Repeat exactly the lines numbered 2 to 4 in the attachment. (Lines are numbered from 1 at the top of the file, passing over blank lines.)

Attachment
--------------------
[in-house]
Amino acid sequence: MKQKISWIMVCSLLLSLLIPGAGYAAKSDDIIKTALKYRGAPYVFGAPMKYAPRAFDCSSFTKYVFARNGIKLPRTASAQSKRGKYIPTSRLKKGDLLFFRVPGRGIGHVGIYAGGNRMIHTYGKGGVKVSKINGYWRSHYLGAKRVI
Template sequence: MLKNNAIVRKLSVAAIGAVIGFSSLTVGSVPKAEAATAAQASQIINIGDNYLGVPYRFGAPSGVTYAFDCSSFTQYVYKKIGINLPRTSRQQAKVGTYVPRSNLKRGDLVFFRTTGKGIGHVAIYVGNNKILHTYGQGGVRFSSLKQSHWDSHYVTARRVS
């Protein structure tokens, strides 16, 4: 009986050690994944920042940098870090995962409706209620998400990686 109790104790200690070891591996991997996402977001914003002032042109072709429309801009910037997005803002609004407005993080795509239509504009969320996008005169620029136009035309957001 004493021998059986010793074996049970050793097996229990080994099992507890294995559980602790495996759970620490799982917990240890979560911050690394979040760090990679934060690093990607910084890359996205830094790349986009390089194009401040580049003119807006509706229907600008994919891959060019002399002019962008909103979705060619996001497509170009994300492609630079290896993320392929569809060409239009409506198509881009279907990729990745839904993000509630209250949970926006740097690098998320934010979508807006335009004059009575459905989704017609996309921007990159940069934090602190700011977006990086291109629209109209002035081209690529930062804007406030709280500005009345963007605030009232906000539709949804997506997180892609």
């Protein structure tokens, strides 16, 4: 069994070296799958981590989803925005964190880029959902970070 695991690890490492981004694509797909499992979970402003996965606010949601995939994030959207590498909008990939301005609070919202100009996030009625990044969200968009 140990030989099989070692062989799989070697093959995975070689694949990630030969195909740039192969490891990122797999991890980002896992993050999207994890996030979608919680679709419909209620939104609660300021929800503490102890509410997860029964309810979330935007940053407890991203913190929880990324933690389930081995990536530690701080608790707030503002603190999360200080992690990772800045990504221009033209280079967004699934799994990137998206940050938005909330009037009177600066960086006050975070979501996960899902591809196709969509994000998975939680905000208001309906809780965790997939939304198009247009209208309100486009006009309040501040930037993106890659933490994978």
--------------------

Amino acid sequence: MKQKISWIMVCSLLLSLLIPGAGYAAKSDDIIKTALKYRGAPYVFGAPMKYAPRAFDCSSFTKYVFARNGIKLPRTASAQSKRGKYIPTSRLKKGDLLFFRVPGRGIGHVGIYAGGNRMIHTYGKGGVKVSKINGYWRSHYLGAKRVI
Template sequence: MLKNNAIVRKLSVAAIGAVIGFSSLTVGSVPKAEAATAAQASQIINIGDNYLGVPYRFGAPSGVTYAFDCSSFTQYVYKKIGINLPRTSRQQAKVGTYVPRSNLKRGDLVFFRTTGKGIGHVAIYVGNNKILHTYGQGGVRFSSLKQSHWDSHYVTARRVS
């Protein structure tokens, strides 16, 4: 009986050690994944920042940098870090995962409706209620998400990686 109790104790200690070891591996991997996402977001914003002032042109072709429309801009910037997005803002609004407005993080795509239509504009969320996008005169620029136009035309957001 004493021998059986010793074996049970050793097996229990080994099992507890294995559980602790495996759970620490799982917990240890979560911050690394979040760090990679934060690093990607910084890359996205830094790349986009390089194009401040580049003119807006509706229907600008994919891959060019002399002019962008909103979705060619996001497509170009994300492609630079290896993320392929569809060409239009409506198509881009279907990729990745839904993000509630209250949970926006740097690098998320934010979508807006335009004059009575459905989704017609996309921007990159940069934090602190700011977006990086291109629209109209002035081209690529930062804007406030709280500005009345963007605030009232906000539709949804997506997180892609």